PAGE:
A survey suggests that real estate pros are leaving future business on the table by failing to follow up with clients.
Nearly half of homeowners say they don’t have a “go-to” real estate agent, according to a homeowners survey conducted by Happy Grasshopper, an email marketing software company. The 2016 survey was based on responses from 300 homeowners.
Seventy percent of survey respondents say they did “very little” or “some” research before selecting a real estate agent.
“The study shows a large percentage of the market is up for grabs, not only because many homeowners do not have a preferred agent, but also the fact that most homeowners aren’t doing heavy research before hiring one,” says Dan Stewart, CEO and co-founder of Happy Grasshopper. “This suggests communication initiated by an agent might be enough to turn a lead into a sale, even if it takes years before the client is ready to buy or sell. Agents are missing opportunities to cultivate relationships with past and potential clients so when it is time to move, they know who to call.”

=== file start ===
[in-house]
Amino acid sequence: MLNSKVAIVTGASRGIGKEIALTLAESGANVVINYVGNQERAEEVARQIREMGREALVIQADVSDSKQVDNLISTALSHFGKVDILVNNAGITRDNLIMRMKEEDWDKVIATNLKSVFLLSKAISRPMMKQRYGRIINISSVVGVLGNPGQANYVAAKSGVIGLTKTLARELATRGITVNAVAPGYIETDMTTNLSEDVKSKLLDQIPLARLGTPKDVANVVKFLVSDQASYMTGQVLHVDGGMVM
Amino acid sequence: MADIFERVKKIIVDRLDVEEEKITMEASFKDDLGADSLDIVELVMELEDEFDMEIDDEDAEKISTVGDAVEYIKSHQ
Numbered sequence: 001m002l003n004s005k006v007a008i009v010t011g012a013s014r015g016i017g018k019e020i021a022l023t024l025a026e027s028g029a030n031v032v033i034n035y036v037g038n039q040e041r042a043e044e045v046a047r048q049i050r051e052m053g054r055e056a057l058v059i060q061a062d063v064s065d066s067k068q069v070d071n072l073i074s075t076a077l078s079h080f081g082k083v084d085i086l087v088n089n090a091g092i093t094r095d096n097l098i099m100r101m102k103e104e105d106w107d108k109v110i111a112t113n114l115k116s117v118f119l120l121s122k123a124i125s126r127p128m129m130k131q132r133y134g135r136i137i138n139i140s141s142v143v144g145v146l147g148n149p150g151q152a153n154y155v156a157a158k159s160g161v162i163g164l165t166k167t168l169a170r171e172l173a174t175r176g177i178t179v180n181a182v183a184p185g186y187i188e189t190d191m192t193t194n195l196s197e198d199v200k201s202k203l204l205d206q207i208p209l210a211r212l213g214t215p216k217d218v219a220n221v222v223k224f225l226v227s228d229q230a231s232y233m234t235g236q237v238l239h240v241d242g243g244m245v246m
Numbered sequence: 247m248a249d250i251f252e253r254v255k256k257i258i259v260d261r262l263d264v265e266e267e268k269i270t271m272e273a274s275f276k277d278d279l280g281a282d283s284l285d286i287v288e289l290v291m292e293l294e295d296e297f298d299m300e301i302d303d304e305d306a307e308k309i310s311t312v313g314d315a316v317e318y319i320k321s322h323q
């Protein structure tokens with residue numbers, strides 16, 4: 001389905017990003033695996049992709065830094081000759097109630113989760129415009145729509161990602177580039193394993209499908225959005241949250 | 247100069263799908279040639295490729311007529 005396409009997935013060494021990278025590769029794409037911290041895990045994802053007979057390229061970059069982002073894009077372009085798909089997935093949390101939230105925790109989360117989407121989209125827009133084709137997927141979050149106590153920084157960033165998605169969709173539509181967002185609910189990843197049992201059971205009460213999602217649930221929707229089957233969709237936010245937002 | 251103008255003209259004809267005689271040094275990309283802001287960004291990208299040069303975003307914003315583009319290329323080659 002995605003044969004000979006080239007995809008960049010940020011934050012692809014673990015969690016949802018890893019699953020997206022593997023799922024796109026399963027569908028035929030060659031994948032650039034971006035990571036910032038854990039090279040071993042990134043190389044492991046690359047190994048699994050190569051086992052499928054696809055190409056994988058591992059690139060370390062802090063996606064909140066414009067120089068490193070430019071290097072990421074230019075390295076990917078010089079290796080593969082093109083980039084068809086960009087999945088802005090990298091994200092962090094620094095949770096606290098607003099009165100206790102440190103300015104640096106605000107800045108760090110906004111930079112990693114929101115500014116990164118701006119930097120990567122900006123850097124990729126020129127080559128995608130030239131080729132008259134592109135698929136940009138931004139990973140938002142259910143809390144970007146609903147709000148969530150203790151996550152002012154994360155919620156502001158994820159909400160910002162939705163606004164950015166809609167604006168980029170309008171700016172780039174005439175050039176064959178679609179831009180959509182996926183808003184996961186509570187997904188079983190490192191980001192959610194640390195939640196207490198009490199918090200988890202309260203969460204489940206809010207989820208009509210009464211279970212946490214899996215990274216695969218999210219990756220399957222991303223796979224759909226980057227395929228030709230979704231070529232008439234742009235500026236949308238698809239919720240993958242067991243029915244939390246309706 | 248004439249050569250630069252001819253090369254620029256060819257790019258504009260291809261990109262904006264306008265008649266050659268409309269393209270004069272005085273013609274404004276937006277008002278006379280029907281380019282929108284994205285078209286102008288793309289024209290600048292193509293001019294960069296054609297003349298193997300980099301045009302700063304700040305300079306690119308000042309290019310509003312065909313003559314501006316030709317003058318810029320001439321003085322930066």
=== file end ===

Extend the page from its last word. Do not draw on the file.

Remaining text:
Thirty-six percent of homeowners say they find it beneficial to receive communication from a real estate professional, even if they aren’t in the market to buy or sell, according to the survey. They say they are particularly interested in receiving information such as listings and open houses in their neighborhoods. Forty percent say they would like to receive home maintenance tips and information on neighborhood events.
- Communicate — Only 19 percent of homeowners say they actually receive such communication from their real estate professional.
- Homeowners overwhelmingly prefer to receive information via email instead of text message, phone call, or social media communication.
“Staying in touch is possibly the most underrated and underused tactic that I see from my colleagues in the industry, despite the fact that it’s as easy as sending an email,” says Matt Bohanon, a team leader at Keller Williams Realty Select in Florida. “Keeping frequent communication, even with the people who seem like they’ll never buy or sell, will eventually pay off—maybe not through a transaction, but they’ll most likely refer you to their friends.”
Source: N.A.R. magazine